Review and photos – Belle and Sebastian at the Vogue Theatre, Vancouver, June 29 2018
– review by Karina Espinosa, photos by Kirk Chantraine
For over 20 years, Scotland’s Belle and Sebastian have made a career out of being themselves. Initially pegged as outsider music for the meek and mild, the band has since evolved into a respected indie pop staple enjoyed by a broad audience. Friday night saw the first of two back-to-back shows at the Vogue, and epitomized the quirky (and yes, dorky) spirit of Belle and Sebastian’s music.
A modest crowd had formed before Japanese Breakfast, the opener, came onstage. Having been to Vancouver multiple times, the indie-rock group, led by Michelle Zauner, has built up an enthusiastic local following. Young girls standing in the front row marveled over the lead singer and guitarist. While Zauner played with confidence, her adoring fans sang along to songs like “Machinist” and “Everybody Loves You” without reserve.
It was impossible to keep your eyes off the frontwoman, whose effervescent energy managed to radiate across the entire venue. Her performance was both athletic and theatrical as she bounced across the stage and sang with unrestrained passion. “This is the first night I’m performing sober,” Zauner admitted with a grin. She kept smiling throughout, even during melancholic numbers like “The Body is a Blade.” The song was one of many that the band played from their sophomore record, 2017’s Soft Sounds from Another Planet. Japanese Breakfast’s stage presence was powerful; it’s only a matter of time before the group starts headlining large shows of their own.
Belle and Sebastian is currently on tour to promote their latest releases, a trio of EPs entitled How to Solve Our Human Problems. But for their sold-out Vogue show, the seven-piece pulled out songs from past albums. Beginning with “Act of the Apostle” which then slid into “I’m a Cuckoo,” the band kicked things off at an uptempo pace. When the group played Tigermilk’s (1996) “You’re Just a Baby” a third way into their set, many people were already worn out from their fervid dancing. For his part, frontman Stuart Murdoch shimmied across the stage in a subdued groove.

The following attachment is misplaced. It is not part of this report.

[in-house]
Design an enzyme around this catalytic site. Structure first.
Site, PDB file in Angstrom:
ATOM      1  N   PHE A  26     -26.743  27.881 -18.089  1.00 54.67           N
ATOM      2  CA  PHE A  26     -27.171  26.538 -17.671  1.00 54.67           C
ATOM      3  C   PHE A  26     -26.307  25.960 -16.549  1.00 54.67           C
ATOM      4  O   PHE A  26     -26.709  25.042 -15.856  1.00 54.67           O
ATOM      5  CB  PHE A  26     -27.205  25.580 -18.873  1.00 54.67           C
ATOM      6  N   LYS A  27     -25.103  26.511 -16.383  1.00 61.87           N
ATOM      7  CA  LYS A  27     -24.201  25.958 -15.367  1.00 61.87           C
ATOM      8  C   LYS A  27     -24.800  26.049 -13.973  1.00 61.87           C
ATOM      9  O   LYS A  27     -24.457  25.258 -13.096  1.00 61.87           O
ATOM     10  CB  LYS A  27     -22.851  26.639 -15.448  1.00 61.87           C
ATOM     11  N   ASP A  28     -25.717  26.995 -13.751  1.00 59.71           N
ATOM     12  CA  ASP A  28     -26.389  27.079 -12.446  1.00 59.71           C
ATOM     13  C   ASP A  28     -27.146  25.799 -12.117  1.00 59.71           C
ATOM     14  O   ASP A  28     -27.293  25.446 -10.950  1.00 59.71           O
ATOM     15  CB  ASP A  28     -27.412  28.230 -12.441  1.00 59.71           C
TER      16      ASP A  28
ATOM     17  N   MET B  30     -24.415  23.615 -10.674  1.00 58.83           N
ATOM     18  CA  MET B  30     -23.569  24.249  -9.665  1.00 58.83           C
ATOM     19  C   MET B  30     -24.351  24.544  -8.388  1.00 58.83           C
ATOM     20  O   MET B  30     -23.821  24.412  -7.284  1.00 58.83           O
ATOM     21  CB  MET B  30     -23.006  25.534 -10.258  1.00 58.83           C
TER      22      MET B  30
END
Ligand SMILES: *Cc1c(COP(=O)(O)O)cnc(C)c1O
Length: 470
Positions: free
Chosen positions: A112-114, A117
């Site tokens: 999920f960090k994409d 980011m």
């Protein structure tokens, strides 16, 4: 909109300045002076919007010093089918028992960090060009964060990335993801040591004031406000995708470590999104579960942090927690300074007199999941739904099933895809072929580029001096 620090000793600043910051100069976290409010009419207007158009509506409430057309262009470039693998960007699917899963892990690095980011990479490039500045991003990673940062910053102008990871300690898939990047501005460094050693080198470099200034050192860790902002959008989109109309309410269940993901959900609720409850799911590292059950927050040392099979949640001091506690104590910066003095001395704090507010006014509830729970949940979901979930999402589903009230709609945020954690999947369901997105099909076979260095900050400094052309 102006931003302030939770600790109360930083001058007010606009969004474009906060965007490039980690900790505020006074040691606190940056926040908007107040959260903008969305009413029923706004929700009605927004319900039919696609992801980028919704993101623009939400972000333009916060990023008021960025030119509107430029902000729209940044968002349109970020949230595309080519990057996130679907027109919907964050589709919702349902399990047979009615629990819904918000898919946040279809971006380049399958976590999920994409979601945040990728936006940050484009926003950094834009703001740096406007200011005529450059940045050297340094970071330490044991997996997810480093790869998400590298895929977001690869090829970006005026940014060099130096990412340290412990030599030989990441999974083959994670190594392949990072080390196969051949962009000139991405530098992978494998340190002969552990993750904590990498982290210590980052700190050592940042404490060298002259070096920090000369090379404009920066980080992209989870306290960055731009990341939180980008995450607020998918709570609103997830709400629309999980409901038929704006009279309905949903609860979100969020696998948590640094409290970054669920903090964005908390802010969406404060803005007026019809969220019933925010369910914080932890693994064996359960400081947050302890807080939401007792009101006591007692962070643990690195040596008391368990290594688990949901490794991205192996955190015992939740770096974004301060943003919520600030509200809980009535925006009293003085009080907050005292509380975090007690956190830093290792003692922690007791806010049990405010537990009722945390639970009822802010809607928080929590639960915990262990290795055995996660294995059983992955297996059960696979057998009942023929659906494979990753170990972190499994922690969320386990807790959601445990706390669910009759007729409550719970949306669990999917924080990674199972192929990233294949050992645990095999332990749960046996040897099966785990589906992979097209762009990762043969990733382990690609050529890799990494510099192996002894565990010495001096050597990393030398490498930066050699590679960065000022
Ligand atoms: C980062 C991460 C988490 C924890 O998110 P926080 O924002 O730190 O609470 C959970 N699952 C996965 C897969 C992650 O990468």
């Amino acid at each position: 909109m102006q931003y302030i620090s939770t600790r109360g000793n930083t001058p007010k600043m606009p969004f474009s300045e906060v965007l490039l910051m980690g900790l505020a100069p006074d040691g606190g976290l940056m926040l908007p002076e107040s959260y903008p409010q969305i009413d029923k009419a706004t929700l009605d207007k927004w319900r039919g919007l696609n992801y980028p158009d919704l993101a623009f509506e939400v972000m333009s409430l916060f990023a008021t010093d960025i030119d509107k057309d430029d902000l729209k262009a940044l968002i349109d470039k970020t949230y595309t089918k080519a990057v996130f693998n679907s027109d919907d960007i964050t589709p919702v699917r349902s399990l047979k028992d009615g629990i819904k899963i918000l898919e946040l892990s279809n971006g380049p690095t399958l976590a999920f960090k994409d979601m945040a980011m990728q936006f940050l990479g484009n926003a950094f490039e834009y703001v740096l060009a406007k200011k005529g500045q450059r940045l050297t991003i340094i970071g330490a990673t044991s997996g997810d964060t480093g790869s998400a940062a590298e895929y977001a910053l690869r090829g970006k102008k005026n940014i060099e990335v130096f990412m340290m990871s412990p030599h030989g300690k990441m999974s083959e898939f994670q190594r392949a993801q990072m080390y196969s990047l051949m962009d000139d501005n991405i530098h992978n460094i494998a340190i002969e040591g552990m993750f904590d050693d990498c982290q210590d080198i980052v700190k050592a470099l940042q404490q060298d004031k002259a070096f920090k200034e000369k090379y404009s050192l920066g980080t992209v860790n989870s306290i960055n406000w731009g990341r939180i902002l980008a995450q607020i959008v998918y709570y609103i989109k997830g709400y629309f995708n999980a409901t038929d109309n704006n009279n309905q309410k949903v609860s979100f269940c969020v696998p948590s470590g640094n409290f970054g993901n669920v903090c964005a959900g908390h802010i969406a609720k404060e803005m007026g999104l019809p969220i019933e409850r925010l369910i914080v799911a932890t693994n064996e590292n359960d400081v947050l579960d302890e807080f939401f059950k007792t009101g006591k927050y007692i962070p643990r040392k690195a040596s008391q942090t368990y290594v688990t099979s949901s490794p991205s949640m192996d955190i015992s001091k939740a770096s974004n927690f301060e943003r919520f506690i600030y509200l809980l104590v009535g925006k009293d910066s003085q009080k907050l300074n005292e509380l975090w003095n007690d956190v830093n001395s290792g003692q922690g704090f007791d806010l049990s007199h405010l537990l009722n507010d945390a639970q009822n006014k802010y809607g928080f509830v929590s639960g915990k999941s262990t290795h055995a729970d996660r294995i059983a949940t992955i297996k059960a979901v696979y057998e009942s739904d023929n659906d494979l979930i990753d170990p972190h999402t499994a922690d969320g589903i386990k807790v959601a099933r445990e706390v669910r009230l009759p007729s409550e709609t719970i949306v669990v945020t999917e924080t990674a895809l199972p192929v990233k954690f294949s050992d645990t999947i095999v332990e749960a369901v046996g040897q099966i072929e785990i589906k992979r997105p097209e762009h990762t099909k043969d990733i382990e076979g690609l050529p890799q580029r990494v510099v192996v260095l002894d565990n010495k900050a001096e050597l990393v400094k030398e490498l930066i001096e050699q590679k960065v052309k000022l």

Speaking of Murdoch, the lead singer made the sizeable Vogue Theatre seem intimate. But it wasn’t because of the way he sang songs like “We Rule the School” in his soft, low voice. Rather, it was the moments in-between songs, when conversation flowed out of him with ease. Whether addressing his band mates or the crowd, Murdoch spoke to everyone in a familiar manner. Sincere and sometimes humourous, the banter added to the light-hearted atmosphere of the evening.
Murdoch shared vocal duties with keyboardist/violinist Sarah Martin and guitarist Stevie Jackson. Whereas Martin played the flute and sung sweetly on “I Can See Your Future,” Jackson kept things upbeat with “The Wrong Girl.” Like Murdoch, Jackson was cheerful, balancing effortless guitar playing with nerdy dance moves. At times, some vocal harmonies were difficult to hear, but the instrumentation was spot on. With the myriad instruments used—including recorders, a cello, bongos and a harmonica—the band managed to deliver an ambitious but tight set.
Judging by the crowd’s gleeful response, the highpoint of the night was the 1998 hit, “The Boy with the Arab Strap.” In what has become a tradition during the band’s live performances, Murdoch pulled some audience members onstage to dance. The spectacle seemed like a flashy gimmick at first. But as the few chosen showgoers cut loose with the band, it became clear that Murdoch wanted to create a friendly, inclusive environment. Those same people gave it their all, and by the end of the number they descended the stage sweaty and smiling.
During the encore, Murdoch introduced “The Party Line” as an appropriate choice for a Friday night. Given the band’s extensive catalogue, a song from Girls in Peacetime Want to Dance (2015) was a bit disappointing. But Belle and Sebastian satisfied nostalgic cravings when they followed up with an If You’re Feeling Sinister (1996) classic, “Me and the Major.”
It’s undeniable that the band pulled off an entertaining performance. By the night’s end, it seemed as if everyone possessed the same carefree whimsy that made Belle and Sebastian so special in the first place.